The 4-, 5-, and 6-irons had some noticeable offset, but in the shorter irons the offset was not as noticeable. The iron head is finished off with a traditional black ferrule and TaylorMade is etched into the hosel. The grip on my demo set was a Tour Velvet grip with a TaylorMade logo.
The irons I tested came with KBS Tour 90 shafts, which are a lighter version of the very popular KBS Tour iron shafts. I believe they went with this as the standard shaft option to offer the player a faster ball speed due to the lighter shaft. TaylorMade offers a number of the most popular shaft options, so finding what you like should not be very difficult. The irons come in both steel shafted and graphite shafted options.
Playability and Feel
Prior to playing the R11 irons I have almost exclusively used muscleback irons. This was my first try at a cavity back iron which is targeted as a mild game-improvement iron. I have to say that I was blown away at how easy these irons were to hit. Mis-hits traveled almost the same distance as well struck shots and all of the irons where very easy to hit. My set was a 4-A (specs are included below) and I found that the clubs where about a half club longer than my current set. This is likely due to the reduced loft of the irons but the length of the irons are not all that different from my current set.
It was very noticeable that the launch of the longer irons was higher than I am traditionally used too. This was a very pleasant surprise as it allowed the ball to sit on the green whereas before I had trouble stopping the longer irons on the green. The ball lands on the green with plenty of spin, I found them to spin even more than my current irons. The longer irons also have a noticeably thin face and give the club a tingy feel that you can sometimes get with fairway woods. I believe this is due to the ultra thin face but the performance of the iron, in terms ball flight, was not in anyway reduced. The long irons in this set are truly a pleasure to hit, they really put my muscle-back irons to shame. I was not able to try the 3-iron, but I believe it would be easy to hit as well.
Middle irons again where about a half club longer and felt wonderful on both well struck shots as well as mishits. Middle irons have a very nice boring trajectory and do not balloon up in the air as many cavity back middle irons can do. By moving around the weight in the head of the iron they are able to better control the trajectory, which is an added bonus to the player. In many of my rounds I actually felt I could lay up on a few holes where before I felt I had to hit driver because I felt so confident over the 6 and 7 iron. Where before I typically would have dreaded that shot. These middle irons were so easy to hit it made the game quite a bit easier.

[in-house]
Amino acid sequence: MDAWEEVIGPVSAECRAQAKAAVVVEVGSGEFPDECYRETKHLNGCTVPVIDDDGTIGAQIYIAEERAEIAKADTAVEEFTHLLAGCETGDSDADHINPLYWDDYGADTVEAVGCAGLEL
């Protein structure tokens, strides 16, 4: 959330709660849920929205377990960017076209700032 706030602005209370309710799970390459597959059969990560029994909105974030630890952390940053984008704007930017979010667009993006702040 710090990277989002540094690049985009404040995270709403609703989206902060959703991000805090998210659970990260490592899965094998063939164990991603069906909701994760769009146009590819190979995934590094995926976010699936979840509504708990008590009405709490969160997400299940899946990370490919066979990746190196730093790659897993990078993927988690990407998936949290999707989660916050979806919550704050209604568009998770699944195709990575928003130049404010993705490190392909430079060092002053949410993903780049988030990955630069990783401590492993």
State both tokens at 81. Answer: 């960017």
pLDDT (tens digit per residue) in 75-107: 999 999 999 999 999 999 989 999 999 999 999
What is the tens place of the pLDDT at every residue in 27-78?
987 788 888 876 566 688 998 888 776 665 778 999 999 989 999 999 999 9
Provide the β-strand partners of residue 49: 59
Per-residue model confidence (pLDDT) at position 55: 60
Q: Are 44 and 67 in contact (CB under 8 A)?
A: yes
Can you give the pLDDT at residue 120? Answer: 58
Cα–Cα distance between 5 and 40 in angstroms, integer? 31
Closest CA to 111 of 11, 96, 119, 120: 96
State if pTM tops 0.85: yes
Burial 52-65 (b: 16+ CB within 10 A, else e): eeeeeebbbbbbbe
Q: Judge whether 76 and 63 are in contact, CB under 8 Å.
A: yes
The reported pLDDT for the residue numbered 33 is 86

If I do have a complaint regarding the feel, it can be tough at times to determine where on the face the ball was struck. Of course extreme toe hits or heel hits could be determined but a shot hit slightly towards the heel could not be determined unless I had impact tape on the club. To some better players this may be a major turn off, but I think to the majority of the golfing population this is a minor issue. I believe that this is tradeoff that is typically made with irons that have so much forgiveness.
Club Loft Length Lie Swing Weight ---- ---- ------ --- ------------ 4I 21° 38.25" 61.0° D2 5I 24° 37.75" 61.5° D2 6I 28° 37.25" 62.0° D2 7I 32° 36.75" 62.5° D2 8I 36° 36.25" 63.0° D2 9I 40° 35.75" 63.5° D2 PW 45° 35.5" 64.0° D2.5 AW 50° 35.5" 64.0° D2.5
After some initial apprehension I am very pleasantly surprised by the performance of these irons. I think TaylorMade has done an outstanding incorporating many of the technological advances they have learned with the R11 driver and put much of that into these irons. These irons will please the better players by giving them added performance and only a small tradeoff with feel, and higher handicap players will benefit from how easy they are to hit.
The irons are not unreasonably priced and fit inline with many of the other sets that are available today. TaylorMade puts a great deal of technology into the clubs they make and the R11 irons are no different. On some level I do feel that these irons a nice transition for someone like me who has used traditional muscle back designs but doesn’t get to practice as much as they used too. They make up for many of my mistakes, but still have a great feel and a somewhat traditional look.
Normally I get lost in all of the TaylorMade marketing, and I probably would never have given this set a try. I am very happy to have tried them and I am impressed with how easy they are to hit. I believe that TaylorMade has produced a winning iron that should catch the attention of middle to high handicappers when looking for something new to play. If you haven’t tried them, I would strongly suggest that you give them a try.